Clarkson University Master of Arts in Teaching Program Has 100 Percent Job Placement

Clarkson University’s Master of Arts in Teaching (MAT) program has posted a 100 percent placement rate for its 2021 graduating class. This is the program’s sixth straight cohort to have 100 percent placement, dating back to 2016.

Members of the Class of 2021 celebrate at the Commencement Ceremony for the Education Department held at Proctors Theatre on Saturday, Jun 12, 2021

“It is so rewarding to see our graduates fulfill their dream to become teachers,” said Education Department Chair Catherine Snyder. “Each year, we welcome a new cohort of candidates into the program. And each year, as candidates progress through their work, they shift from being our teacher candidates to being our colleagues.”

Snyder believes the success of Clarkson’s MAT program lies in its full-year teaching residency, as it allows students to experience the full academic year as part of their master’s degree.

“This prepares them for their careers, and employers recognize that depth of training in job interviews,” she said.

Snyder said schools are actively seeking qualified candidates to fill teaching positions, which means now is the perfect time for anyone considering a teaching career to begin pursuing the necessary education.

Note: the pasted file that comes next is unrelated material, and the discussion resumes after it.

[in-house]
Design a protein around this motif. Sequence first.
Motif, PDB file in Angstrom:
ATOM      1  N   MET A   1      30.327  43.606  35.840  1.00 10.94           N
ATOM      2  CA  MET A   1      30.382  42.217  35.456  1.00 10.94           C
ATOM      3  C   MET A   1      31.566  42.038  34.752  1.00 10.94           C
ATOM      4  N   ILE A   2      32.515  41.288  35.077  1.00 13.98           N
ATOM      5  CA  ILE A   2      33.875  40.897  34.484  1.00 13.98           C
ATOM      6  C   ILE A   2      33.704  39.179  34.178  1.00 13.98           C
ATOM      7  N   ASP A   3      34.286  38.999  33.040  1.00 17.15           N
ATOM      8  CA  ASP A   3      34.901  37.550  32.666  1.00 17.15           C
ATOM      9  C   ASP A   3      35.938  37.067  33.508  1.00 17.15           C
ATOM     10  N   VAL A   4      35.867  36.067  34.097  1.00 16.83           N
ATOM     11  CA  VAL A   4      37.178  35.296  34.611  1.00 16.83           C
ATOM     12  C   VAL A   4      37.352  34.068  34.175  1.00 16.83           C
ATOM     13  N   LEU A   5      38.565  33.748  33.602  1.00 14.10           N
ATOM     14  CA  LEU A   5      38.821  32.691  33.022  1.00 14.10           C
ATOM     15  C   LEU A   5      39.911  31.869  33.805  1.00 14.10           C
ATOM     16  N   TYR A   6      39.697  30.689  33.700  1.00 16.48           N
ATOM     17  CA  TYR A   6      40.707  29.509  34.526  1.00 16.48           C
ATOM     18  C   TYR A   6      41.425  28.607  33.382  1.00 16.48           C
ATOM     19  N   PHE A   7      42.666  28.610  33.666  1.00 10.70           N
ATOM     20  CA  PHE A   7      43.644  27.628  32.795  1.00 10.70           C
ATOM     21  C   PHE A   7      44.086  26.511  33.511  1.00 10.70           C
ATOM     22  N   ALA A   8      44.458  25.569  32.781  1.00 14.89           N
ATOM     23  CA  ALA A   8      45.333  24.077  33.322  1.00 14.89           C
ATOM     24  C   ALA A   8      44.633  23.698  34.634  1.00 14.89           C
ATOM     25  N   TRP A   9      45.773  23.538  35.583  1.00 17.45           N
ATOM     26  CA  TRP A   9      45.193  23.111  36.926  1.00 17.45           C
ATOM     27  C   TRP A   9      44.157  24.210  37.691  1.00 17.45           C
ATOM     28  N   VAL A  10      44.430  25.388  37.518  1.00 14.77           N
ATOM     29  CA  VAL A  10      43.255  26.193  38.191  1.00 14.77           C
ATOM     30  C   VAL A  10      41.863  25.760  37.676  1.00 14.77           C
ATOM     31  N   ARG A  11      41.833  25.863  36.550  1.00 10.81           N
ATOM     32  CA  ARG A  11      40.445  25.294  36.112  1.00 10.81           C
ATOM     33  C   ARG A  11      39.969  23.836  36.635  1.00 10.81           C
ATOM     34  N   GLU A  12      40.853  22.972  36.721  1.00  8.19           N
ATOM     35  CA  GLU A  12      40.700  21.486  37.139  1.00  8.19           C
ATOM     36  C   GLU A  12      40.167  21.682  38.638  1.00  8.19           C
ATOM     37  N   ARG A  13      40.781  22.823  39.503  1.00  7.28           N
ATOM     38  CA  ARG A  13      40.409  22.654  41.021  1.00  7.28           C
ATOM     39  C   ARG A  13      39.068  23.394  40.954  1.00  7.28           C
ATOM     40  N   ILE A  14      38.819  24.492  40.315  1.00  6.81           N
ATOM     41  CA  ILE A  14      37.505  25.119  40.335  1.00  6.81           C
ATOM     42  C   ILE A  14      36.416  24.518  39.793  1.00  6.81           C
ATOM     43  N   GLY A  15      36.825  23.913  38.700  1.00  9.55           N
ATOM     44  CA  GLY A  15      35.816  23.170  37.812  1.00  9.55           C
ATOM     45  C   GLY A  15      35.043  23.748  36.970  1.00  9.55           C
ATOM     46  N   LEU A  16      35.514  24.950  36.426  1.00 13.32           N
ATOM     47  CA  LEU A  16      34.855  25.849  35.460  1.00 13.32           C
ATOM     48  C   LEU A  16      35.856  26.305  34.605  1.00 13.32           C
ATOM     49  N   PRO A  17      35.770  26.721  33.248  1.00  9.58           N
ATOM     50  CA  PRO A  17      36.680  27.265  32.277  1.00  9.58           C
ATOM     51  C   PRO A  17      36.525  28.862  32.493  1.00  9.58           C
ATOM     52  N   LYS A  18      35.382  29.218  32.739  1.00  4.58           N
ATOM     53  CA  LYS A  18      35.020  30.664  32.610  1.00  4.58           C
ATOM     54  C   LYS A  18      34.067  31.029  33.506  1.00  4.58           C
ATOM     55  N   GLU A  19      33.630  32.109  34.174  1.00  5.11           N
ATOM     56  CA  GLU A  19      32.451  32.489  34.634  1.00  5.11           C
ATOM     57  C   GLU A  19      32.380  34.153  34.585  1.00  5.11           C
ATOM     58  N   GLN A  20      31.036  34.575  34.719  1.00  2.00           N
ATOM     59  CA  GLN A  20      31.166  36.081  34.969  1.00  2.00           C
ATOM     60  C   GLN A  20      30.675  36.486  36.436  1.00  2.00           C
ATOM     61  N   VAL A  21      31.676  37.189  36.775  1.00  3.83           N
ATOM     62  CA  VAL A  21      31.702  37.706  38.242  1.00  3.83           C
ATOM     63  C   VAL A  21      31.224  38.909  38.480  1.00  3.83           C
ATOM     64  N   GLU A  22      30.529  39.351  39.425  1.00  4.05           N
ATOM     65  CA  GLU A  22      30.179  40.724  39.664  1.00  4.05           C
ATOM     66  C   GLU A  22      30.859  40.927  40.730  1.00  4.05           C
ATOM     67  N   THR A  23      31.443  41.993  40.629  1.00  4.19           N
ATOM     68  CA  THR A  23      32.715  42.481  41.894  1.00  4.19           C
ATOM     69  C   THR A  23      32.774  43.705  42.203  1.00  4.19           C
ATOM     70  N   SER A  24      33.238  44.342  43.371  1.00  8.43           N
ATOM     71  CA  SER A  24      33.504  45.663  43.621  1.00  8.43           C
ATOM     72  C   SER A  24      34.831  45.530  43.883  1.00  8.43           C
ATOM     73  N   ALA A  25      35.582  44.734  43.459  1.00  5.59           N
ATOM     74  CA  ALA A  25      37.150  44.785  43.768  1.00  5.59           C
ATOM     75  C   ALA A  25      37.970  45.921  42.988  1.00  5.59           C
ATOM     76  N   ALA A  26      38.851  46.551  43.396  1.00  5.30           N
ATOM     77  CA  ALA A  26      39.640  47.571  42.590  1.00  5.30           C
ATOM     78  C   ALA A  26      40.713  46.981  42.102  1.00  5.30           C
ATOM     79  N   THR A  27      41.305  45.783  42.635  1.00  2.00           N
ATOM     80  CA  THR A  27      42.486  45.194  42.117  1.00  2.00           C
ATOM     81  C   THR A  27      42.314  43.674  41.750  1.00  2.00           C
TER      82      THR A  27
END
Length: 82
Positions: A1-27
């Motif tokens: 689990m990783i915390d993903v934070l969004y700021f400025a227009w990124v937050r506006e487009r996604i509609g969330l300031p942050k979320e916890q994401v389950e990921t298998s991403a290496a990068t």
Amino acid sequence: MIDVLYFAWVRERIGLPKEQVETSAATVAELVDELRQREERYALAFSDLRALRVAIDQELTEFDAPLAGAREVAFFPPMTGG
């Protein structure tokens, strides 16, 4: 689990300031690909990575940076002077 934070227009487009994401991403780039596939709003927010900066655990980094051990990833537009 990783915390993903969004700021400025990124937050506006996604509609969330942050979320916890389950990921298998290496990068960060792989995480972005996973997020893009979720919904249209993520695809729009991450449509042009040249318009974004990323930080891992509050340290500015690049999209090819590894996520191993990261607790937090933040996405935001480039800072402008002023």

According to Snyder, teacher retirements are up 30 percent over previous years, partly due to an aging workforce, but also because many educators have opted to retire early when faced with the changes brought on by the COVID-19 pandemic. 

“This situation opens so many opportunities for a new generation to make a real difference in their classrooms and in the field,” she said.

A broadening in the scope of schools’ curriculums is also driving up demand for educators.

“Teachers are needed in a wider variety of content areas and levels,” Snyder said. “This includes teaching students for whom English is not a first language, and teaching computer science, business, and other much-needed career skills.”

While much of the conversation surrounding the need for more teachers is focused on math and science programs, Snyder said the demand for world language teachers is also increasing consistently.

“There is such a shortage in this area that schools are having to shut down programs,” she said. “Individuals interested in teaching German, French, and Spanish, in particular, will find a wide-open job market.”
For more information about Clarkson’s MAT program, visit

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